Spelman College president, author and activist Beverly Daniel Tatum ’75 reflects on the critical education case Brown v. Board of Education on its 60th anniversary. In this article, Beverly chronicles the struggle for integration: “60 years after racial segregation was outlawed in schools, public education is again segregating along racial lines.”
I was born in Tallahassee, Florida, in 1954, the year of the landmark school desegregation case, Brown v. Board of Education. The struggle for integration has shaped my life from the very beginning.
My three siblings and I attended predominantly white public schools in our small Massachusetts town without protest or high court drama, and graduated well-prepared for the colleges we all attended.
But 60 years after racial segregation was outlawed in schools, public education is again segregating along racial lines. And not just in the South, but across the United States.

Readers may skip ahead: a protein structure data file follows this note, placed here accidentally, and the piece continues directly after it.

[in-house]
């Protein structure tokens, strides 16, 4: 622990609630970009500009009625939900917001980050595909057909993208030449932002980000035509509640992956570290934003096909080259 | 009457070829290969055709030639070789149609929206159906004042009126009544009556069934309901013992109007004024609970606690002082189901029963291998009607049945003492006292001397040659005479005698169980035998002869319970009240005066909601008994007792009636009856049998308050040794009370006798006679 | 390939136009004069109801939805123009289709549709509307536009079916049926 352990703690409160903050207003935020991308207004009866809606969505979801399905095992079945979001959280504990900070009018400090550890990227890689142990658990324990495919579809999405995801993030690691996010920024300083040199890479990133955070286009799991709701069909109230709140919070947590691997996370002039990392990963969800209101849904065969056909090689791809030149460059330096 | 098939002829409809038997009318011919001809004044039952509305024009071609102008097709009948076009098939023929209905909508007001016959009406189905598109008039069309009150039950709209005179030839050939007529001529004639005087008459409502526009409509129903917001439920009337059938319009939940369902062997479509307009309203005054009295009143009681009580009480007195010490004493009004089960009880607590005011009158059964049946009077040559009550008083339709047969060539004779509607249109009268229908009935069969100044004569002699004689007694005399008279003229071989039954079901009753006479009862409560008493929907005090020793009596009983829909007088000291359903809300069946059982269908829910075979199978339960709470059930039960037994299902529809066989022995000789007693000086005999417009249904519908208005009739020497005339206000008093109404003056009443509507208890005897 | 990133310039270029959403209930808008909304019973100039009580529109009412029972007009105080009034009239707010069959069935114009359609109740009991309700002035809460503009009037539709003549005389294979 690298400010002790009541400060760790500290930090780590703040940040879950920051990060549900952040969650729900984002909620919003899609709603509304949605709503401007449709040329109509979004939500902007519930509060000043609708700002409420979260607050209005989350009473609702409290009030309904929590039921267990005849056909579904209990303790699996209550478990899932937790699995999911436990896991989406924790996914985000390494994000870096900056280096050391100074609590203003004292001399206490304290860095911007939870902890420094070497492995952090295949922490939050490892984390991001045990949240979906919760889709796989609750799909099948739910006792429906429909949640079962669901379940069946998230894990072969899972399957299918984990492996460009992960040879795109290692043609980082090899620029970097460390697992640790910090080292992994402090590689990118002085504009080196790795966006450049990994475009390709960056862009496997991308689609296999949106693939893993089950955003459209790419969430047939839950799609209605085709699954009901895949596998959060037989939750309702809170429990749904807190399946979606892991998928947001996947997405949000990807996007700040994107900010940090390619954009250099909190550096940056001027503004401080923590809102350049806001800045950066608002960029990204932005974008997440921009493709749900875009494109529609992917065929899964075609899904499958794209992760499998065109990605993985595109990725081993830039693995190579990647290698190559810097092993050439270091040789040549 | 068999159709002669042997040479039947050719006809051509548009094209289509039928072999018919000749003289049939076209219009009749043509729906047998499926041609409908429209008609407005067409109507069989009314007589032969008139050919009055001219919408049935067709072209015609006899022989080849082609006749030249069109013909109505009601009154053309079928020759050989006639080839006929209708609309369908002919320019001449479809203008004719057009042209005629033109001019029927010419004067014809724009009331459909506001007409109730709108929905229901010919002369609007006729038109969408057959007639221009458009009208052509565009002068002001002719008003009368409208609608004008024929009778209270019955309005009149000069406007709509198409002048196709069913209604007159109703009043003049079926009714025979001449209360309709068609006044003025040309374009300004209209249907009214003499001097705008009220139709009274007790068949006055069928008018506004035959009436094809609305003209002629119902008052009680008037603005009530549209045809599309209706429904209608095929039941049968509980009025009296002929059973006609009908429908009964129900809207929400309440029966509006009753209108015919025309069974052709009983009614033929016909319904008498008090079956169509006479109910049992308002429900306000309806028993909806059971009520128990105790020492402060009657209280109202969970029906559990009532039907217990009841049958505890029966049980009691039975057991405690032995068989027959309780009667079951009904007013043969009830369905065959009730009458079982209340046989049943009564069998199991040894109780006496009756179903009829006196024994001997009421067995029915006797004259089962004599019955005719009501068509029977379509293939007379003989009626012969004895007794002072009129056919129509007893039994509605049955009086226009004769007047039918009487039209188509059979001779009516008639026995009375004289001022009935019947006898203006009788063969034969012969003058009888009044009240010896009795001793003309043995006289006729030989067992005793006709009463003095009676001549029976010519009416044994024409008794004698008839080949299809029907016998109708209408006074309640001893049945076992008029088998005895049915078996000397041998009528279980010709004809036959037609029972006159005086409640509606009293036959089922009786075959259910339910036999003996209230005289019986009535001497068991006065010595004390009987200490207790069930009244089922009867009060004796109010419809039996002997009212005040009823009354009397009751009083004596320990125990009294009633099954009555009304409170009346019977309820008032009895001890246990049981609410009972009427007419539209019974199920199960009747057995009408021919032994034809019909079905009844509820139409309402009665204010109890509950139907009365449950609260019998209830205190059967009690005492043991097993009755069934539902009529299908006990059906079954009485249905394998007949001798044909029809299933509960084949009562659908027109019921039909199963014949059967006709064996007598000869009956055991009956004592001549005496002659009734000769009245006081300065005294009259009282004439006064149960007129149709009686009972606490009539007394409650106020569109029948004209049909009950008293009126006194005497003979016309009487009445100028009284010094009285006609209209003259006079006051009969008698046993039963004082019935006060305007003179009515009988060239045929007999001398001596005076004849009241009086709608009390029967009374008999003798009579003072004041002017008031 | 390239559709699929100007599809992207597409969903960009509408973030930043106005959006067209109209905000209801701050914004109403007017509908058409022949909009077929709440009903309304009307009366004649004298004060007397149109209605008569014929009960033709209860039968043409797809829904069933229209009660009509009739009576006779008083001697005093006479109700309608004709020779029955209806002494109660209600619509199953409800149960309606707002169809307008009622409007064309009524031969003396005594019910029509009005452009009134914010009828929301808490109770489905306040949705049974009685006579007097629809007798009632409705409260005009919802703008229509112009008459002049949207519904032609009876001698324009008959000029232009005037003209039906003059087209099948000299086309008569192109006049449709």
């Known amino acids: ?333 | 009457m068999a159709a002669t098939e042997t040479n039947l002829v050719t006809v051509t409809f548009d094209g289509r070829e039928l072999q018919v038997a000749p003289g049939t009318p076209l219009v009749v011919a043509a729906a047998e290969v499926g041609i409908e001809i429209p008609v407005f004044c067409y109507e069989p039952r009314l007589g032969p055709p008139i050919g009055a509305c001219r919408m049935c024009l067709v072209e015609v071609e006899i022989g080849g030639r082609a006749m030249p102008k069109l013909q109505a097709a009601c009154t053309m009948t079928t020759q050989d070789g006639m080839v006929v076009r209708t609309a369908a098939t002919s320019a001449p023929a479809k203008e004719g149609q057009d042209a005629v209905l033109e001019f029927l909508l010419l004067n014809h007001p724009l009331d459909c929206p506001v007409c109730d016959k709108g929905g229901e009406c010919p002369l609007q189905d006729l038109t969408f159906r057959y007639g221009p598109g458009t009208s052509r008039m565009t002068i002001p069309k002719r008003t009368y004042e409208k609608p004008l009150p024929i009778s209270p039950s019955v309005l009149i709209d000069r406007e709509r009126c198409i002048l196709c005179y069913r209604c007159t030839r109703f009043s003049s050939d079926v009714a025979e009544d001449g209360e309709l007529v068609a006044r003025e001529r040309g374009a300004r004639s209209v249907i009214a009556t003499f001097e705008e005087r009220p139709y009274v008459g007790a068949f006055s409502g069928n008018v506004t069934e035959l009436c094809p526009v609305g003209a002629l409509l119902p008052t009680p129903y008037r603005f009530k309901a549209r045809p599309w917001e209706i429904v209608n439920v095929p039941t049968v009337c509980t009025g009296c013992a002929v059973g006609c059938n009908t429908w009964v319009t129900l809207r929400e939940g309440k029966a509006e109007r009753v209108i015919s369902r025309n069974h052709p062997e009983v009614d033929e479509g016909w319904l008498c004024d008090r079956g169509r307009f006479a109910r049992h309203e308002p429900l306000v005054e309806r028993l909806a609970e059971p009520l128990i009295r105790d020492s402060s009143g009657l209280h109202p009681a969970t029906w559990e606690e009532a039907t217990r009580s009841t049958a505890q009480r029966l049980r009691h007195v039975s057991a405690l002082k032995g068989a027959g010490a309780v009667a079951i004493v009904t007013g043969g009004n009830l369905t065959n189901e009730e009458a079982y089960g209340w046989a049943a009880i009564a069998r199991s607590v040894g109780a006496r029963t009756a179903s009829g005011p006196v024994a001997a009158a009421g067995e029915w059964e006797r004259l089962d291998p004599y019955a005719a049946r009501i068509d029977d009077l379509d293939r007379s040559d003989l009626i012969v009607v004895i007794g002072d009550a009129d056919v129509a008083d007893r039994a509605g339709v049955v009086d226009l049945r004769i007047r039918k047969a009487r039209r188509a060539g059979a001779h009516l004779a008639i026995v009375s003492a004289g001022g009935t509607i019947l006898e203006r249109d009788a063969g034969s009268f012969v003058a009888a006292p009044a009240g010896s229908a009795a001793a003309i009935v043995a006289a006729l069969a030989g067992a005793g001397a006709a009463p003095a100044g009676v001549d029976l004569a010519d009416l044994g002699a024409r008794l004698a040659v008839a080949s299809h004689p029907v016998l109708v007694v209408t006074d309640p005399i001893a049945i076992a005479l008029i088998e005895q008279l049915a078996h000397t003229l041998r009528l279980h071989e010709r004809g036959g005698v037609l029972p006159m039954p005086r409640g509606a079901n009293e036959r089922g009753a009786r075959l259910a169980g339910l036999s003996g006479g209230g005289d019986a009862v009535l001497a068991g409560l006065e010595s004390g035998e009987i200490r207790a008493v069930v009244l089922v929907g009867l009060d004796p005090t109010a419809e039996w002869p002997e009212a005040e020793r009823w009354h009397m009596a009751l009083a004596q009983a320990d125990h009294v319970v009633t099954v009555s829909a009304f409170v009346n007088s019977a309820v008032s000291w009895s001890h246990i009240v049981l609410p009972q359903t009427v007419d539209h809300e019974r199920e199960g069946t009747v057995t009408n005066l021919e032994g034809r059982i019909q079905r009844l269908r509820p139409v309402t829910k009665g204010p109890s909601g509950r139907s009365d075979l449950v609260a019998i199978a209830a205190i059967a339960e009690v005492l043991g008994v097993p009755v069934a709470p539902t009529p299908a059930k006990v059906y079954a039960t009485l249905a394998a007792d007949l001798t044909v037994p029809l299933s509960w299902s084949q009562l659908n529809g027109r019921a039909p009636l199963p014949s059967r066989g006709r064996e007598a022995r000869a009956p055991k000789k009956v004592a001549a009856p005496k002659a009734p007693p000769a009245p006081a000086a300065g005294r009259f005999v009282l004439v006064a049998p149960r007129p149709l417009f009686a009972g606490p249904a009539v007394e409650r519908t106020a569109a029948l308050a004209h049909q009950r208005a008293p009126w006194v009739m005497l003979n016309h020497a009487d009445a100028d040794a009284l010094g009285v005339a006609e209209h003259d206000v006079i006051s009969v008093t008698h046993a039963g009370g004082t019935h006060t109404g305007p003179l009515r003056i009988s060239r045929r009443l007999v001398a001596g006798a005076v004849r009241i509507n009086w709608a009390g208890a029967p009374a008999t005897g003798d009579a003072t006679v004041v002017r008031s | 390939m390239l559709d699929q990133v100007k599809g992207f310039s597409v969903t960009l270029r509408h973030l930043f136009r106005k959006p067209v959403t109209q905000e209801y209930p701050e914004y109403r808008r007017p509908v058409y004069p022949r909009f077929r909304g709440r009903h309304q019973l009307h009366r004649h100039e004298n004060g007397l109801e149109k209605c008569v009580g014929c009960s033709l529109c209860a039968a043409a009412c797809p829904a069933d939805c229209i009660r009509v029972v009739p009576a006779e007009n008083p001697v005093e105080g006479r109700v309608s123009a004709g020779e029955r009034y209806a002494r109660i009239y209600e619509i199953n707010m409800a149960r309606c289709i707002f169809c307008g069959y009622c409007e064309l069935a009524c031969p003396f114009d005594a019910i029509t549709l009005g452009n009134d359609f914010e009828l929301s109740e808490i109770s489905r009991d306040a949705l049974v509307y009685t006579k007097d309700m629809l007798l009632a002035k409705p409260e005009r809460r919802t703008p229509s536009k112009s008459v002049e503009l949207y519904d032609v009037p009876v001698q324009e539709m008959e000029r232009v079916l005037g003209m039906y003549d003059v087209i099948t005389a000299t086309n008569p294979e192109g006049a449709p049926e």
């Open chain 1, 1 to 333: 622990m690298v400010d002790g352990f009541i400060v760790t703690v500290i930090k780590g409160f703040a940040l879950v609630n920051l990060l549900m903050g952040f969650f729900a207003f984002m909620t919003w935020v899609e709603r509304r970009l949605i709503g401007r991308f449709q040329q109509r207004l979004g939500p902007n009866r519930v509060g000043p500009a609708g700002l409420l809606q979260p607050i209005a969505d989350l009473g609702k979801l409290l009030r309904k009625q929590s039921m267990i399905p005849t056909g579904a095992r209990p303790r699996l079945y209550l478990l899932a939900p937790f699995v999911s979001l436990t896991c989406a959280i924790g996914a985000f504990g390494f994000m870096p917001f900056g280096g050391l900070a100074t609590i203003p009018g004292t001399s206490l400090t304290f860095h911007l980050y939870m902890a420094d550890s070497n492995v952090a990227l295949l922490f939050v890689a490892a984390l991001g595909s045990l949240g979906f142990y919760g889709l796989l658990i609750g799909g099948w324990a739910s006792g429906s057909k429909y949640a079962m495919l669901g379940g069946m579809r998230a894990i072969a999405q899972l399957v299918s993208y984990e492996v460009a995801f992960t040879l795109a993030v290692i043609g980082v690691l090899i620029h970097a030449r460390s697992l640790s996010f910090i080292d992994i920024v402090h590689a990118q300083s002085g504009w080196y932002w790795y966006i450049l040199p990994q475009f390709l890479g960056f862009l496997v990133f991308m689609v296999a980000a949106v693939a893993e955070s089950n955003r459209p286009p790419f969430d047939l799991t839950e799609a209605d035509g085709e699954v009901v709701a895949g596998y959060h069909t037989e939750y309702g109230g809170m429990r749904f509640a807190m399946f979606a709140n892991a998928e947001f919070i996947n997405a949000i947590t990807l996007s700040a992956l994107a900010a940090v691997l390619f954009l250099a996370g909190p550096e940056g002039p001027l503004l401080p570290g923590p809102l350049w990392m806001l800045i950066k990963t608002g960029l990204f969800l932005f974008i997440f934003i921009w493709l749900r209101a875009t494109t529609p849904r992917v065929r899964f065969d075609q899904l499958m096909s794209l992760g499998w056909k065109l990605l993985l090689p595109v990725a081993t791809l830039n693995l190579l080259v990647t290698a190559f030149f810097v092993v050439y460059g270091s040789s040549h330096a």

Schools are more segregated today than in the 1980s, according to a new report released by researchers at UCLA’s Civil Rights Project, “Brown at 60: Great Progress, a Long Retreat and Uncertain Future.”
This is the result of continued patterns of residential segregation, and a series of Supreme Court decisions that have quietly undermined the implementation of Brown through a shift away from court-ordered busing and other mandated desegregation strategies.
Image: by Denise Applewhite, c/o Princeton University
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